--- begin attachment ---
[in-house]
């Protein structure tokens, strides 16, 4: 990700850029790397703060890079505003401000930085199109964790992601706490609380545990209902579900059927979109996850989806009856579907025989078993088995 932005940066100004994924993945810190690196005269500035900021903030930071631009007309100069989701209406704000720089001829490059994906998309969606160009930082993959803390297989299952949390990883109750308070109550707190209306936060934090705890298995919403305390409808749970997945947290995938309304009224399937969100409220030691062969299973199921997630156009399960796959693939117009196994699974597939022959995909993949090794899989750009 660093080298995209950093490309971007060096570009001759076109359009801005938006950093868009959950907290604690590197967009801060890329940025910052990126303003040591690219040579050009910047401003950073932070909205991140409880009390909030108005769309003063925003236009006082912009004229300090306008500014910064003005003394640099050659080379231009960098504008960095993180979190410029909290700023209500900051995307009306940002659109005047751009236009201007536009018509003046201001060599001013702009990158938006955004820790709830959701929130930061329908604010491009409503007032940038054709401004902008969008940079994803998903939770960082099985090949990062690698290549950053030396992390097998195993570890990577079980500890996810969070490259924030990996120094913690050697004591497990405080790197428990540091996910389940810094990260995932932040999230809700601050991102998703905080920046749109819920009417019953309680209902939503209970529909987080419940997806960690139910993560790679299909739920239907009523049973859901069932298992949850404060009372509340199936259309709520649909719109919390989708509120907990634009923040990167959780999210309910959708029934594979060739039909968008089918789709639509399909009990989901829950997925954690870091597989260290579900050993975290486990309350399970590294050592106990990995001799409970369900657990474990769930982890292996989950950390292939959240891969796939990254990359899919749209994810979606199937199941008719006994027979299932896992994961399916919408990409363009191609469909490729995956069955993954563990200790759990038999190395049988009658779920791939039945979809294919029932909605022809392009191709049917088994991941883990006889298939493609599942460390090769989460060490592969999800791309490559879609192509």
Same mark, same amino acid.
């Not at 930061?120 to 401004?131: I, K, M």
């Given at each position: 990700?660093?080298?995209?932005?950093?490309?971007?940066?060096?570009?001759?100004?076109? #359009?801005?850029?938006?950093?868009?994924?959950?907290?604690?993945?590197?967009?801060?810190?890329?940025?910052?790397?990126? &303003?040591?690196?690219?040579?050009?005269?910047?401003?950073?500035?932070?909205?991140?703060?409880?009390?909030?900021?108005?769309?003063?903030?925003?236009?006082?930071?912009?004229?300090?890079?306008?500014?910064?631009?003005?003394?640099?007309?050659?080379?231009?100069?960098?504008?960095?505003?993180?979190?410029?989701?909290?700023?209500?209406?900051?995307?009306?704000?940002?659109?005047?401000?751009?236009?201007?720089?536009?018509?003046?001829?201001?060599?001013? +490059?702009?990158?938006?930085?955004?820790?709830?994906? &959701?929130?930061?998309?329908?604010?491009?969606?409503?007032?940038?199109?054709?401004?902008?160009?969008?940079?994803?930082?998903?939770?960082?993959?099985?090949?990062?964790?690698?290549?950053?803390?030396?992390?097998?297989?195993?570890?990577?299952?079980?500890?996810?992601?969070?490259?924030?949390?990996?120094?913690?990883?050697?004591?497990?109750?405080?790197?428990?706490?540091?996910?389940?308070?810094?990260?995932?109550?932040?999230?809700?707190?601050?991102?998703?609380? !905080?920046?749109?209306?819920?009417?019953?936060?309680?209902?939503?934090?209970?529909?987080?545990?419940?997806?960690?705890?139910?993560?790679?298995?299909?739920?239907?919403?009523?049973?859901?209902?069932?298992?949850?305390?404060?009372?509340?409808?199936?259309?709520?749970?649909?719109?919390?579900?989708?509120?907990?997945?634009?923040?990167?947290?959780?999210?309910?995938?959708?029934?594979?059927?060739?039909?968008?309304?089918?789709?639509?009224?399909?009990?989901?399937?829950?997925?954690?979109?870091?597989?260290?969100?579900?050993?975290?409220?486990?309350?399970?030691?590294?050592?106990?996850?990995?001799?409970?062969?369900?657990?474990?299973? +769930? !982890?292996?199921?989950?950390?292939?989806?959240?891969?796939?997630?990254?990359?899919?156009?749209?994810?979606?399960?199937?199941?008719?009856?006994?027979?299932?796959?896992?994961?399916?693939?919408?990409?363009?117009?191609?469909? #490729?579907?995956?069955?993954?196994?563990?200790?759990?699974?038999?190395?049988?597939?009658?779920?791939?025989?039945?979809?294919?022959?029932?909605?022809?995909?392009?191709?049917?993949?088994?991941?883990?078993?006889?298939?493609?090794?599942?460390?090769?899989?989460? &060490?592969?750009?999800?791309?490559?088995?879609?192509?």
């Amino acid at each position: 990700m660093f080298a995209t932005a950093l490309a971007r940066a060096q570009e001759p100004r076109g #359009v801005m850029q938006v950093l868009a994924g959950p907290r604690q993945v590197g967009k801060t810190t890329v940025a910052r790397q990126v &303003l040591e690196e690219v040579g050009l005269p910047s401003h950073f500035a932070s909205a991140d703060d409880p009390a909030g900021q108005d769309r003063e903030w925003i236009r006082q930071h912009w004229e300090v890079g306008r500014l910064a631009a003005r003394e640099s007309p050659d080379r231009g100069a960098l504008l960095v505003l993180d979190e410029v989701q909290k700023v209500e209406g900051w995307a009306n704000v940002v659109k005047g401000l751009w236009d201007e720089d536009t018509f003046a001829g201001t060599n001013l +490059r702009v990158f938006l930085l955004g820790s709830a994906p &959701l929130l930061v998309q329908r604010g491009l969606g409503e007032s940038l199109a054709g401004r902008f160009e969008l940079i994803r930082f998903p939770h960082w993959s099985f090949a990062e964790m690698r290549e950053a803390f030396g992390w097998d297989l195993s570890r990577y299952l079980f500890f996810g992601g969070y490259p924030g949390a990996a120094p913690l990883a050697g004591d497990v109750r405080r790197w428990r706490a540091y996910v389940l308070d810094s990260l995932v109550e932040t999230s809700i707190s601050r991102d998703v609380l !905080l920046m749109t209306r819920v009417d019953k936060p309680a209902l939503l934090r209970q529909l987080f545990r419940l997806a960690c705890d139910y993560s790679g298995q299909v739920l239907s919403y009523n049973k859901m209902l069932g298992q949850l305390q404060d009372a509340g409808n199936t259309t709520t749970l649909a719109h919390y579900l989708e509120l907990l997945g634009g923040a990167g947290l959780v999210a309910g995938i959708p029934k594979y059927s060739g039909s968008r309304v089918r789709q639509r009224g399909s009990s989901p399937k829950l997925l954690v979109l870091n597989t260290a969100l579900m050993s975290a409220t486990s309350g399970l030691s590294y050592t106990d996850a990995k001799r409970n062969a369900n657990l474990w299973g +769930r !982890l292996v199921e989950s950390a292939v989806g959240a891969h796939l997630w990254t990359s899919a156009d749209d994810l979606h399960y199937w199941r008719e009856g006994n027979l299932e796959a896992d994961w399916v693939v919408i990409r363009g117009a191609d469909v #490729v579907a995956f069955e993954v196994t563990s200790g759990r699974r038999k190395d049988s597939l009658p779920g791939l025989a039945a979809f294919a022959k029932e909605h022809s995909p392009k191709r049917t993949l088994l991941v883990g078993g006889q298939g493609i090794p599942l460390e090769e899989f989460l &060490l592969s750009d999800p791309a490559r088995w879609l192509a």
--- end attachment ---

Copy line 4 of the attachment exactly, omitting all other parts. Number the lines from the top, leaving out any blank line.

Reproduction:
């Not at 930061?120 to 401004?131: I, K, M």